If I speak in the tongues of men and of angels, but have not love, I am a noisy gong or a clanging cymbal. 2 And if I have prophetic powers, and understand all mysteries and all knowledge, and if I have all faith, so as to remove mountains, but have not love, I am nothing. 3 If I give away all I have, and if I deliver up my body to be burned, but have not love, I gain nothing. – I Corinthians 13:1-3
You only go around once, so you’d better make it worth it.” Even people who give millions of dollars to charity usually do it to receive something in return: notoriety, reputation, a building with their name on it. We all want to leave a mark. We’ve heard it said that “you can’t take it with you,” but deep down, we’re not 100 percent sure that the statement’s true. At least, our lives of accumulation and aspiration would seem to reveal we don’t think so.
One of the students in a high school youth group I was involved with asked me about the Golden Rule: “Do unto others as you would have them do unto you.” This young man had completely misunderstood Jesus’s words; he had turned them into a kind of karmic good advice: “Do good unto others and they will do good unto you.” This understanding of doing good is probably most exemplified today with the “pay it forward” movement.
It seems so simple: if you want other people to do good to you, you should do good to them. But as Christians, we must read deeper into the Golden Rule. We ought to understand Jesus’s words this way: “Do unto others as you would have them do unto you—with no expectation of the good in return.” It’s not “Do unto others so they will do unto you.”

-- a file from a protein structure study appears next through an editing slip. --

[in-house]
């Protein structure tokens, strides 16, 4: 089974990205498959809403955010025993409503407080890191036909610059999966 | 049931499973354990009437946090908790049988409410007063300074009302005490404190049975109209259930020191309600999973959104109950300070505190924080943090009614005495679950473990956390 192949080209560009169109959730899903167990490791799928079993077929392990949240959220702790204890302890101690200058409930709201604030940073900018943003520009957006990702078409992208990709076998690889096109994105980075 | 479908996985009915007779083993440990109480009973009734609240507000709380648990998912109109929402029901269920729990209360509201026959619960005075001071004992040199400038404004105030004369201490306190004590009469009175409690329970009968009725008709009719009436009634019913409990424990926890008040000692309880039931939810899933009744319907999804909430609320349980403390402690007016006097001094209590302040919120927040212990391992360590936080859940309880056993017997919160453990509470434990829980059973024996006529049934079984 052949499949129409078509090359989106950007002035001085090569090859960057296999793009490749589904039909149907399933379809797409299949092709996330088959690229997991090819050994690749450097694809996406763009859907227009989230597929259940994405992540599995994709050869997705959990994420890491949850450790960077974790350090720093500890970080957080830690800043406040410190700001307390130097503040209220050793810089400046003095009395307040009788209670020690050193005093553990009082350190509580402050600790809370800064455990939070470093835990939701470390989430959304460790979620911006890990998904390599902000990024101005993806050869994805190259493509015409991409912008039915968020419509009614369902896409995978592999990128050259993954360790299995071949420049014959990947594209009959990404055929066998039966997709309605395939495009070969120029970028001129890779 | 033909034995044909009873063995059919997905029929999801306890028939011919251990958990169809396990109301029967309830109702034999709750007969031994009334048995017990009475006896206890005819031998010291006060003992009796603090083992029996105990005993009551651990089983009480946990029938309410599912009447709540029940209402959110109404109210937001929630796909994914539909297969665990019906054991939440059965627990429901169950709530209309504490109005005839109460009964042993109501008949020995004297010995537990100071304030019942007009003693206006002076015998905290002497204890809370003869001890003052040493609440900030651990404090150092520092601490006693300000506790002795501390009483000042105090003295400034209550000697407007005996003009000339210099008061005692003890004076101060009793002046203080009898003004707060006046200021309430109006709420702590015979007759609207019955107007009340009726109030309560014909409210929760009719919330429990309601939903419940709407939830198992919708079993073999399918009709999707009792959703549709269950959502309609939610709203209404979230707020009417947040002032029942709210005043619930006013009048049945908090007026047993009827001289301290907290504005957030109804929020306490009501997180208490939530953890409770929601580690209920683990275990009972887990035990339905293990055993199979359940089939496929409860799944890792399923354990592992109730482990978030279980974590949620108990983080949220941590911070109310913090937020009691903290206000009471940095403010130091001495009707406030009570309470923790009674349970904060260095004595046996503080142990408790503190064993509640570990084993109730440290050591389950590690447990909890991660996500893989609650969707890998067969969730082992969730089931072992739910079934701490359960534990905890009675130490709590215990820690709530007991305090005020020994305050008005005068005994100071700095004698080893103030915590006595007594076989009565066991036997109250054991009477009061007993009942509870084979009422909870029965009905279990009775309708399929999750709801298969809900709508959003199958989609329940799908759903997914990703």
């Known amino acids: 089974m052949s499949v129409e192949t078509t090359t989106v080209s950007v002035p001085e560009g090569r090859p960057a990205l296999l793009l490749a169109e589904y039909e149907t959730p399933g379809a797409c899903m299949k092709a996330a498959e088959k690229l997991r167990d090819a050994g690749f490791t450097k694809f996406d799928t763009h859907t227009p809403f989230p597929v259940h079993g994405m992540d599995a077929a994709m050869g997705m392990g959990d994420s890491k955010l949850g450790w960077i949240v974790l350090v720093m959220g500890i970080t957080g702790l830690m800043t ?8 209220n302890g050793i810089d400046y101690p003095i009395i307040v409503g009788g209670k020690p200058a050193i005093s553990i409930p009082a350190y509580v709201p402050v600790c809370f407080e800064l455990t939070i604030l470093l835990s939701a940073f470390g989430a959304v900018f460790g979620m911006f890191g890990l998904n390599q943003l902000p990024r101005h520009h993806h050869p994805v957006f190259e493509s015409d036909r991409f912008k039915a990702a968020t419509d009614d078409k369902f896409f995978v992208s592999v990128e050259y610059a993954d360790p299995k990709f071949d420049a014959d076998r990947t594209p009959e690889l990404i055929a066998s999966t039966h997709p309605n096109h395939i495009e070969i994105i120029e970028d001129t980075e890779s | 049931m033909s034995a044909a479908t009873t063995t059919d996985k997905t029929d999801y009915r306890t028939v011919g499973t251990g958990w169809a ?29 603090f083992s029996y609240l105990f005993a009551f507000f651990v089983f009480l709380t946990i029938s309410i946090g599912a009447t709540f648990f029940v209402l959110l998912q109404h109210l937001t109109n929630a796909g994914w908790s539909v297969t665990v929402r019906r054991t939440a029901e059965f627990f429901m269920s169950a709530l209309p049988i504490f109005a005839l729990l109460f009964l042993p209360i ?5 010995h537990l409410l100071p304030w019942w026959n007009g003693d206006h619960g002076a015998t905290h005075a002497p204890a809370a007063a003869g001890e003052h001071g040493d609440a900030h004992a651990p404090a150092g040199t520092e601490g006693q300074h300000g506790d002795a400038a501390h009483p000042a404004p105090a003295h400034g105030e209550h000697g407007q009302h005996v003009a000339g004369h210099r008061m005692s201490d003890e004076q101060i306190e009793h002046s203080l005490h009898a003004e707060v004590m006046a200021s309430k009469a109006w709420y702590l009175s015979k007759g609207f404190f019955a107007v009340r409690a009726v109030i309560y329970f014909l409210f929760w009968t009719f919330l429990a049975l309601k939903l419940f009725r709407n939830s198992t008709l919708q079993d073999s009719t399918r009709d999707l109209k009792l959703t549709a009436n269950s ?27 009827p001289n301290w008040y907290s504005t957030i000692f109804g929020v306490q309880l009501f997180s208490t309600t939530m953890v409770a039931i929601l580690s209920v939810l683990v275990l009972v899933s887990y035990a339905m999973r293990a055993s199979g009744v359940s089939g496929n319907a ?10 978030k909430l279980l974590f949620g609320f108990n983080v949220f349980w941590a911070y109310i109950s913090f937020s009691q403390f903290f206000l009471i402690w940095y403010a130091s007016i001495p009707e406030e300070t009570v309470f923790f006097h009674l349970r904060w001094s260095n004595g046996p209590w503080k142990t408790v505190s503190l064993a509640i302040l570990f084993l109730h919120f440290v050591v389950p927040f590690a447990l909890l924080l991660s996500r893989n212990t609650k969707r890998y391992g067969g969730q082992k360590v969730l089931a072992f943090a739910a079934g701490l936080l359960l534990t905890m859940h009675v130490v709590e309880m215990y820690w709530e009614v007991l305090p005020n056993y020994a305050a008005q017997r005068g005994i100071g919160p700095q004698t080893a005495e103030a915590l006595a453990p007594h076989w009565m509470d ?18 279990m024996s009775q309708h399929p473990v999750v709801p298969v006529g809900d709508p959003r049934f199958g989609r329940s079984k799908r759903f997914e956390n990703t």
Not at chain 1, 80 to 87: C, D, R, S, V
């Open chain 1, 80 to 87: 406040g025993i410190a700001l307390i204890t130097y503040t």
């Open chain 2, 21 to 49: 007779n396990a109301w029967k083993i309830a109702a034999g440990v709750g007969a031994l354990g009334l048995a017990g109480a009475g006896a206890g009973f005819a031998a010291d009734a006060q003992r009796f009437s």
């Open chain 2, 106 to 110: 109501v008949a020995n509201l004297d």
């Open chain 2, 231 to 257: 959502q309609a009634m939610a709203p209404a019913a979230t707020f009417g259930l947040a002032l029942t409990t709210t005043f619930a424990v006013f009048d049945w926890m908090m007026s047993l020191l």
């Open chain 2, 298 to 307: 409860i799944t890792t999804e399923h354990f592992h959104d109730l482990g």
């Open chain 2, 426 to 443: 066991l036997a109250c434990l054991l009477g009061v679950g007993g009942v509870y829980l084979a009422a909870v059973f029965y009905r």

If you have not love, you have gained nothing. If you do good expecting good in return, that’s not love. That’s a business transaction. Love is doing good regardless of reciprocation.
Love must be one-way to be worth anything. If we “give away all [our] possessions,” but do it with an eye on the return on investment, we gain nothing. Jesus Christ is the only one-way lover in the history of the world. He loved His enemies—not only those from whom He would get nothing, but those who were actively killing Him—asking God to forgive them because they didn’t know what they were doing. We don’t get out of life what we put in. What we “get out” of life is exactly what Jesus Christ wins for us—the very righteousness of God.
– Tullian Tchividjian, It is Finished